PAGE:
Multi-platinum entertainer Sara Evans has always been one to speak her mind and tell her truth. In her new memoir Born to Fly, she does exactly that. We talk with her about some of her early Missouri memories.

Your memoir begins with some sweet and rather specific recollections of growing up in New Franklin, Missouri. Was it challenging to reach back and remember details from those early days?

I have always had a very vivid memory of my childhood. I read somewhere that psychologists say children remember things like the time spent on vacation and playing outdoors and eating at the dinner table with family. And I did those things more than anything. I literally was outside all of the time, on my motorcycle or on a horse or working on the farm. But one of the things I remember the most is eating dinner together, sitting around the table as a family. Those were such good times.

You also touch on the tough times, and you actually go into great detail about the car accident that almost took your life. What was it like going back to that painful time?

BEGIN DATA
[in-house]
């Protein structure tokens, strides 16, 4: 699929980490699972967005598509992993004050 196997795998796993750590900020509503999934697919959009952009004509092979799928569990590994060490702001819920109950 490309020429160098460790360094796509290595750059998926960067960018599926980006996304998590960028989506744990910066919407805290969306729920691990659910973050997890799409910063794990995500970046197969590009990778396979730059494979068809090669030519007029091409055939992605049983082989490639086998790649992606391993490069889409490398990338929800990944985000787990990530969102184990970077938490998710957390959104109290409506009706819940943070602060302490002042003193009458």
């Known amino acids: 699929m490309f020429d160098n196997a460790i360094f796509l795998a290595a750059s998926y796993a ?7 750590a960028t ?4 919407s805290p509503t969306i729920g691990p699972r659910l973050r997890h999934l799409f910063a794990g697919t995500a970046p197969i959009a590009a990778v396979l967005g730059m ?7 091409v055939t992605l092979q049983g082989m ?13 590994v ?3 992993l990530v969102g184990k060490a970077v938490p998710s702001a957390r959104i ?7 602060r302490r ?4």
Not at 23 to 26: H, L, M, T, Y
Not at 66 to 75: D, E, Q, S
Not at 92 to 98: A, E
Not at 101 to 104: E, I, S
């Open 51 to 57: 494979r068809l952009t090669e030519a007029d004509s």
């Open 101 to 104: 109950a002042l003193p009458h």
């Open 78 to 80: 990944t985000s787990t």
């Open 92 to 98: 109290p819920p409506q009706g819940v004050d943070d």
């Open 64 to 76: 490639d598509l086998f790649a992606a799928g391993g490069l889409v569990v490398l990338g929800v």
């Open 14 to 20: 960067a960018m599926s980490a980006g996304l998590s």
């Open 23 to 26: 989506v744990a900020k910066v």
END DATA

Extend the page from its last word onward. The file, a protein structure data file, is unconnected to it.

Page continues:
When you have a near-death experience, you end up having this real intimacy with God, because even at eight years old, I knew how close I was to dying. God saved me. Getting hit by a car going seventy-five miles an hour and living? That’s miraculous. It truly is.

How did that accident change you?

I had this real knowing of God from that point on. People would visit me in the hospital and keep telling me that God was looking out for me and that he had a purpose for me, and that message got implanted in me. I had already known that I had been given the gift of singing. So obviously, I put those two together. I could sing for people and entertain people and use my God-given gift to make people happy.

You recently moved from Alabama back to Tennessee, but do you still feel like a Missourian at heart?

I guess I do. At the end of the day, I will always consider myself just a girl from Missouri. There is no place like it. There is not a lot of drama. We get to the point. And luckily, I get to go home to Missouri all of the time. My whole family is still there. It will always be home to me.

And now, your kids seem to be following in your musical footsteps. How does it feel to watch that?

It’s a very full-circle moment to watch my son Avery play the guitar and Olivia sing with me. They have been surrounded by music their entire lives. I mean, they grew up on the bus with me. I’m pretty sure they know more about the industry than some industry executives do [laughs]. I raised my kids to be free-spirited. I preached to them to not be afraid to do anything they want to do. But most of all, I told them to follow their dreams … and they certainly have done that.